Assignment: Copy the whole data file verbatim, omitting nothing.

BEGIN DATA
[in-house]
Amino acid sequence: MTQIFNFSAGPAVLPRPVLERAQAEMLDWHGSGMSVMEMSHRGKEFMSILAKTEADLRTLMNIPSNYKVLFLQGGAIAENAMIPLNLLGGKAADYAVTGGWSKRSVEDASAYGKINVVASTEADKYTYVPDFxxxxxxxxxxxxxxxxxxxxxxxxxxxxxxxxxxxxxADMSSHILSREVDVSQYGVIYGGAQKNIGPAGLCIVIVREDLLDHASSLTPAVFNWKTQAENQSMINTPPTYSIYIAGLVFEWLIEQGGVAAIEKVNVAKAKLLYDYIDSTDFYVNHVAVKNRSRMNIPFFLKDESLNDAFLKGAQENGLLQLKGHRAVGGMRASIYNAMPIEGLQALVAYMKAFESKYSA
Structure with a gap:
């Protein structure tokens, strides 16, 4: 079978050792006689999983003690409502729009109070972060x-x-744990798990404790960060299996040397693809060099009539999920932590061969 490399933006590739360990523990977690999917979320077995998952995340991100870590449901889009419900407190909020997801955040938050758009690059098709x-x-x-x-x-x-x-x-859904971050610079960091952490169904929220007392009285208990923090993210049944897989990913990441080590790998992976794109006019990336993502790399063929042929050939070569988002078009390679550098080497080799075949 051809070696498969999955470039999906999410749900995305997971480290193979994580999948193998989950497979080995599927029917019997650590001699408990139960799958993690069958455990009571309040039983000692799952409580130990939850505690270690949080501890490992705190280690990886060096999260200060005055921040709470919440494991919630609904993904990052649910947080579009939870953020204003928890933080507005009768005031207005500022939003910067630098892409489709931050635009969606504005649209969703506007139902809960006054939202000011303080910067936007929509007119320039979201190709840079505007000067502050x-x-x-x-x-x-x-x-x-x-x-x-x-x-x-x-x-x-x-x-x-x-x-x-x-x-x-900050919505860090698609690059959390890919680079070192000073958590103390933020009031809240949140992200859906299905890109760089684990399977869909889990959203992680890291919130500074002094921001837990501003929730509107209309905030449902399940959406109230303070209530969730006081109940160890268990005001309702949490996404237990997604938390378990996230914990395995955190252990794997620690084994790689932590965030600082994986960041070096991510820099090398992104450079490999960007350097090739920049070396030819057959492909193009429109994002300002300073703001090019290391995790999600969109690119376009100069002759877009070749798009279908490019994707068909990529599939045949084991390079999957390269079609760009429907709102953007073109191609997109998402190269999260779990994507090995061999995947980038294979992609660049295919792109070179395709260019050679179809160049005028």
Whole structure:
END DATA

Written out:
[in-house]
Amino acid sequence: MTQIFNFSAGPAVLPRPVLERAQAEMLDWHGSGMSVMEMSHRGKEFMSILAKTEADLRTLMNIPSNYKVLFLQGGAIAENAMIPLNLLGGKAADYAVTGGWSKRSVEDASAYGKINVVASTEADKYTYVPDFxxxxxxxxxxxxxxxxxxxxxxxxxxxxxxxxxxxxxADMSSHILSREVDVSQYGVIYGGAQKNIGPAGLCIVIVREDLLDHASSLTPAVFNWKTQAENQSMINTPPTYSIYIAGLVFEWLIEQGGVAAIEKVNVAKAKLLYDYIDSTDFYVNHVAVKNRSRMNIPFFLKDESLNDAFLKGAQENGLLQLKGHRAVGGMRASIYNAMPIEGLQALVAYMKAFESKYSA
Structure with a gap:
């Protein structure tokens, strides 16, 4: 079978050792006689999983003690409502729009109070972060x-x-744990798990404790960060299996040397693809060099009539999920932590061969 490399933006590739360990523990977690999917979320077995998952995340991100870590449901889009419900407190909020997801955040938050758009690059098709x-x-x-x-x-x-x-x-859904971050610079960091952490169904929220007392009285208990923090993210049944897989990913990441080590790998992976794109006019990336993502790399063929042929050939070569988002078009390679550098080497080799075949 051809070696498969999955470039999906999410749900995305997971480290193979994580999948193998989950497979080995599927029917019997650590001699408990139960799958993690069958455990009571309040039983000692799952409580130990939850505690270690949080501890490992705190280690990886060096999260200060005055921040709470919440494991919630609904993904990052649910947080579009939870953020204003928890933080507005009768005031207005500022939003910067630098892409489709931050635009969606504005649209969703506007139902809960006054939202000011303080910067936007929509007119320039979201190709840079505007000067502050x-x-x-x-x-x-x-x-x-x-x-x-x-x-x-x-x-x-x-x-x-x-x-x-x-x-x-900050919505860090698609690059959390890919680079070192000073958590103390933020009031809240949140992200859906299905890109760089684990399977869909889990959203992680890291919130500074002094921001837990501003929730509107209309905030449902399940959406109230303070209530969730006081109940160890268990005001309702949490996404237990997604938390378990996230914990395995955190252990794997620690084994790689932590965030600082994986960041070096991510820099090398992104450079490999960007350097090739920049070396030819057959492909193009429109994002300002300073703001090019290391995790999600969109690119376009100069002759877009070749798009279908490019994707068909990529599939045949084991390079999957390269079609760009429907709102953007073109191609997109998402190269999260779990994507090995061999995947980038294979992609660049295919792109070179395709260019050679179809160049005028």
Whole structure: